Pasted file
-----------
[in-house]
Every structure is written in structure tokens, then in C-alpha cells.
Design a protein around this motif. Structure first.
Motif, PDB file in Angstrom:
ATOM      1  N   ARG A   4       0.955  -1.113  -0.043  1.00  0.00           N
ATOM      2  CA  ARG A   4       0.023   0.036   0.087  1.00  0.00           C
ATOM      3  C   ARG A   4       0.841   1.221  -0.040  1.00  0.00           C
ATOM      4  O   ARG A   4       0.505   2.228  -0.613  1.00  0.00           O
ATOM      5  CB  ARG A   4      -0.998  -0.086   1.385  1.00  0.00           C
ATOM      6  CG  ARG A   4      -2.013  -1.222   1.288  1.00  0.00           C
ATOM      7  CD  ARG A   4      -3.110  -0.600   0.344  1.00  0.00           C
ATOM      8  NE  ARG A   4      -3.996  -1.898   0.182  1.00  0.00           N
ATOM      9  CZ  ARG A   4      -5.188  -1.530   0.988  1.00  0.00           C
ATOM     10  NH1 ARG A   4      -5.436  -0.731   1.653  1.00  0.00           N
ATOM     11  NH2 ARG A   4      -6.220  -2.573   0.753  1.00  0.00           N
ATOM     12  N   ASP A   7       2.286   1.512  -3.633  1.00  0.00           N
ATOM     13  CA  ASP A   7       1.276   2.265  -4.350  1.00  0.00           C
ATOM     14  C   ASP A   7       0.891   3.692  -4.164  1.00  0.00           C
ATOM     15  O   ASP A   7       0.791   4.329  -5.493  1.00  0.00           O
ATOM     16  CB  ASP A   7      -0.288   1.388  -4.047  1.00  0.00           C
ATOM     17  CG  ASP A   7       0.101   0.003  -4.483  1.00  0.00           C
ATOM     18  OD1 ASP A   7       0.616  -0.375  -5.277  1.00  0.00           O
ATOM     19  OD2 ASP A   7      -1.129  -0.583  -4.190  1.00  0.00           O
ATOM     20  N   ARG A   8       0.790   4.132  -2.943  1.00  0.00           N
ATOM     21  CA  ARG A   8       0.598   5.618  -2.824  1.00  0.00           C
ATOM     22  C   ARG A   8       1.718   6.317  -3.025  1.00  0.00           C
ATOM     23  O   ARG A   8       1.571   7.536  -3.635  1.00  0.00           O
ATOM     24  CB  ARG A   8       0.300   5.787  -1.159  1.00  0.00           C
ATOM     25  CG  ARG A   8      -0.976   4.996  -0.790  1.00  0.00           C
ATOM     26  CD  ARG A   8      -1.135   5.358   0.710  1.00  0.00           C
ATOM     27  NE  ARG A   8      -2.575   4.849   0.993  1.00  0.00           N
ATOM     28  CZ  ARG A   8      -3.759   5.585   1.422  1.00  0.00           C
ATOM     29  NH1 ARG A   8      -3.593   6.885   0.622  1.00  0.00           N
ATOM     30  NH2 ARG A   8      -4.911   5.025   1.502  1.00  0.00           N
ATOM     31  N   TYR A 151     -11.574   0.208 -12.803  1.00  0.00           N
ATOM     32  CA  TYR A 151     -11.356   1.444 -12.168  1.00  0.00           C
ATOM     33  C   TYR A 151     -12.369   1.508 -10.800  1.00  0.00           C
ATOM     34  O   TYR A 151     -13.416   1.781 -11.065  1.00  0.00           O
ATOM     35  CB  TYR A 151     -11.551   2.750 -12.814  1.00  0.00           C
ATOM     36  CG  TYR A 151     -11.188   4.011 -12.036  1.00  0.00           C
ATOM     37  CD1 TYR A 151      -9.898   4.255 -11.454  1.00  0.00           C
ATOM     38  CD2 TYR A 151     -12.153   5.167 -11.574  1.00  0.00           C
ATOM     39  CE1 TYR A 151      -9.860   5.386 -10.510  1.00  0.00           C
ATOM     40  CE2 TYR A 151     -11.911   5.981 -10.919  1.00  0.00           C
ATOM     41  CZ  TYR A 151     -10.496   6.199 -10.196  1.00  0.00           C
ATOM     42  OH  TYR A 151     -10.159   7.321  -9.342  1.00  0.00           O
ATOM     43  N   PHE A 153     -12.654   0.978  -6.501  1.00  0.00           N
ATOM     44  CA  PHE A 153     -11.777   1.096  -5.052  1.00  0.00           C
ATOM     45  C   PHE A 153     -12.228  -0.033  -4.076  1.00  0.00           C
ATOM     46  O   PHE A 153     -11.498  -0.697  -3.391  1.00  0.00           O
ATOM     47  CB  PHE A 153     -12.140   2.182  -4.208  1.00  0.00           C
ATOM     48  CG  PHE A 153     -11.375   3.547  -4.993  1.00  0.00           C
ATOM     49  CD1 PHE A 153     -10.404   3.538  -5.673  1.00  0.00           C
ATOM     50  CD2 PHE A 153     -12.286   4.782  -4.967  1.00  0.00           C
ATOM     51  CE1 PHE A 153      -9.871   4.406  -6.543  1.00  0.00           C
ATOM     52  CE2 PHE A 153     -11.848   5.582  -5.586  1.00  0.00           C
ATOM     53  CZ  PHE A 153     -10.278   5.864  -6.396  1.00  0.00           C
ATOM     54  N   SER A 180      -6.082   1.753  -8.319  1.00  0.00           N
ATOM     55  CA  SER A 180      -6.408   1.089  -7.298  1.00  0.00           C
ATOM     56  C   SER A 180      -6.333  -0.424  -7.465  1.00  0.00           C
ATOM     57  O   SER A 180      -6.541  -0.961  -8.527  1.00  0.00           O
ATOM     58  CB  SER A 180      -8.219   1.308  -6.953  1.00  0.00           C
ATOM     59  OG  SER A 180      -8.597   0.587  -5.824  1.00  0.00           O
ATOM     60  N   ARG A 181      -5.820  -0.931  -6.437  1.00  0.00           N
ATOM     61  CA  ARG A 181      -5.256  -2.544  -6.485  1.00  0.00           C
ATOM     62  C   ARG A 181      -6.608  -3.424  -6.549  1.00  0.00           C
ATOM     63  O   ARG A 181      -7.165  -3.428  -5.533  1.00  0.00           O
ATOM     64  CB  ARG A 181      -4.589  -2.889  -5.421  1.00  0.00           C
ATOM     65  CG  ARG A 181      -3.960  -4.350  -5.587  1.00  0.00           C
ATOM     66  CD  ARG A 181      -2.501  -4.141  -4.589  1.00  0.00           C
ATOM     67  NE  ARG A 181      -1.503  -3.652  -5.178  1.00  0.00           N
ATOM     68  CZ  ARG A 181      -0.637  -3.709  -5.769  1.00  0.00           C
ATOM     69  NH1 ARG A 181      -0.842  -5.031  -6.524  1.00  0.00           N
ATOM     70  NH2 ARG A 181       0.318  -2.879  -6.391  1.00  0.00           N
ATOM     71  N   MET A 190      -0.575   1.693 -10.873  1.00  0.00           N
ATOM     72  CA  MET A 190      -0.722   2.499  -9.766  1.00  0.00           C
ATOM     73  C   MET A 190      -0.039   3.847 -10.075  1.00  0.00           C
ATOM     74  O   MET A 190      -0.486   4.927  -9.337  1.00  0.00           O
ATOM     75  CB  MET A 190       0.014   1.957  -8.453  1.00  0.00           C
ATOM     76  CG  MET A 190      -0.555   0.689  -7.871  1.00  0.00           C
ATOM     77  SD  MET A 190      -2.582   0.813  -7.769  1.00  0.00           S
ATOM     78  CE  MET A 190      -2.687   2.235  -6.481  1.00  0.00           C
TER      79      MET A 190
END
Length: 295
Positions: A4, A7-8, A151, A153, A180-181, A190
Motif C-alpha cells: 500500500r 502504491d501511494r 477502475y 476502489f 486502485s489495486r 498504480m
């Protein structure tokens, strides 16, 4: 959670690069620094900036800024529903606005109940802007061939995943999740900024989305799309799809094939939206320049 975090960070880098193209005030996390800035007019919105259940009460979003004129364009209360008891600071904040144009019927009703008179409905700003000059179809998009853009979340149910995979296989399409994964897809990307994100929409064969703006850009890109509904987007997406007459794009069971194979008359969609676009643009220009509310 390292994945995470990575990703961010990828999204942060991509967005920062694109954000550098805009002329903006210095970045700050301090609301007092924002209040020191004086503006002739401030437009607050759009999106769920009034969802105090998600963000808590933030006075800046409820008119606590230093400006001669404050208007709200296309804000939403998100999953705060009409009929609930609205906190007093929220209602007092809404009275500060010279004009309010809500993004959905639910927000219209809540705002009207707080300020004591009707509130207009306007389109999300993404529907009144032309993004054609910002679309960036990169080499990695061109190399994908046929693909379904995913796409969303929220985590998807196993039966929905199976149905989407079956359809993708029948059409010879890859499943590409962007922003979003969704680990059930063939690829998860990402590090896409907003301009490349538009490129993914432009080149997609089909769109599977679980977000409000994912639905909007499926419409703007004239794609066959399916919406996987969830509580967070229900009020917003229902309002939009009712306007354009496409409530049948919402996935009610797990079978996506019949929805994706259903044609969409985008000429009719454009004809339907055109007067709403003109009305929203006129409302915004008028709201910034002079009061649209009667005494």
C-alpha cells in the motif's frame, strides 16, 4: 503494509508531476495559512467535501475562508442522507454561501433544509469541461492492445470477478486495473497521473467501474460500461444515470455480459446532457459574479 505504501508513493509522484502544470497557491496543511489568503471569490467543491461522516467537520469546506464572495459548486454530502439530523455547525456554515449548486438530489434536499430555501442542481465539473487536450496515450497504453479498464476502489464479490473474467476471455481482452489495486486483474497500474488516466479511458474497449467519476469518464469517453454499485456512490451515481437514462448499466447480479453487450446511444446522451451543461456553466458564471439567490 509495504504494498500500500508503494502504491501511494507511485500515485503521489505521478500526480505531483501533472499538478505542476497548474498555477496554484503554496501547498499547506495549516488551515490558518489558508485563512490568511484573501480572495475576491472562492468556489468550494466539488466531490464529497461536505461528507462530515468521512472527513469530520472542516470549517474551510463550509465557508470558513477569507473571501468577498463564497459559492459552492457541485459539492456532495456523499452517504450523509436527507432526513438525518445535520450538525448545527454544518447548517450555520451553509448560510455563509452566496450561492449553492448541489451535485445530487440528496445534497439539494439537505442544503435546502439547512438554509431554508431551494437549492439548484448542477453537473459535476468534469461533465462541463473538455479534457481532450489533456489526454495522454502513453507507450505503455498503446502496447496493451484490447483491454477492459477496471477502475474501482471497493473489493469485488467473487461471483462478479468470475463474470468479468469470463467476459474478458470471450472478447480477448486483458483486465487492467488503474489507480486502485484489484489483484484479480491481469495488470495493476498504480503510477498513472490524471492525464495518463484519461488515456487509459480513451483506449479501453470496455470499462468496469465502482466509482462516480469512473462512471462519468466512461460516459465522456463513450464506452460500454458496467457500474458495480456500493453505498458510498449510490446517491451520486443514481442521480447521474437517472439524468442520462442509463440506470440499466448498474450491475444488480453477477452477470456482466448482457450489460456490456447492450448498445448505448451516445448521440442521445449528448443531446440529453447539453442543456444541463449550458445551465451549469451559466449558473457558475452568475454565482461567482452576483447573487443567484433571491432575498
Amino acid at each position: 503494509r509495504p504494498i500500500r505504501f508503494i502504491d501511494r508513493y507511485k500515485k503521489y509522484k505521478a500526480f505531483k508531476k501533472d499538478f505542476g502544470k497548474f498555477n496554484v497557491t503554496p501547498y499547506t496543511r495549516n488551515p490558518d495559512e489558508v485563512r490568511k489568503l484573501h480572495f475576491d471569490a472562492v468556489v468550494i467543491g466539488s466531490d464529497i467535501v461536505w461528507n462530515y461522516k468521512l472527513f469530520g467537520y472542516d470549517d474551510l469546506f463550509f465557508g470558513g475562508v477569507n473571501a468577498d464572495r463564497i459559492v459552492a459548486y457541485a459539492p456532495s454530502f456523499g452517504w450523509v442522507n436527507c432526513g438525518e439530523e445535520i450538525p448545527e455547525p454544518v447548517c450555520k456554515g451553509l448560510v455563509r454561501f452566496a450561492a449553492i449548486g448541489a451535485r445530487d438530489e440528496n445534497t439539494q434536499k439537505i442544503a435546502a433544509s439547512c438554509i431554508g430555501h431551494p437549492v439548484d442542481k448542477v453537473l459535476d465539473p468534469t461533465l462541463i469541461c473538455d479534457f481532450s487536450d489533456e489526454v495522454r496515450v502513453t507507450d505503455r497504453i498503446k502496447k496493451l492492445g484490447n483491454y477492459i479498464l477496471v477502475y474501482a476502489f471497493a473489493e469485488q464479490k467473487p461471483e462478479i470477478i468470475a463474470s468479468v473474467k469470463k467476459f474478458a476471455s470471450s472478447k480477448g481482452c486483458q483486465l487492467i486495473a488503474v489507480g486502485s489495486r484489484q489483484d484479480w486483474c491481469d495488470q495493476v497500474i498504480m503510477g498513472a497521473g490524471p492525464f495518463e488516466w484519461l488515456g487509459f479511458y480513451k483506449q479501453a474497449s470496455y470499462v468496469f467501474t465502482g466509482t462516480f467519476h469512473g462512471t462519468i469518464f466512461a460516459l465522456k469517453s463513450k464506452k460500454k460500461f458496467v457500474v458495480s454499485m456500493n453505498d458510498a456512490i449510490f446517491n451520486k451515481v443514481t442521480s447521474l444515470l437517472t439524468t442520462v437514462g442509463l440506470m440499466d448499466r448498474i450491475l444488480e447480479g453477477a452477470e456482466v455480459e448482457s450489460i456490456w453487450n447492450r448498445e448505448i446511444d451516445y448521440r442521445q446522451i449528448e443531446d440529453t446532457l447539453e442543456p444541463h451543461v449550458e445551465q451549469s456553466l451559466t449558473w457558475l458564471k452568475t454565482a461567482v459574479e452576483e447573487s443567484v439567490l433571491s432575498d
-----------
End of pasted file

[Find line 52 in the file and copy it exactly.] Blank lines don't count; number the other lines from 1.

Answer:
ATOM     48  CG  PHE A 153     -11.375   3.547  -4.993  1.00  0.00           C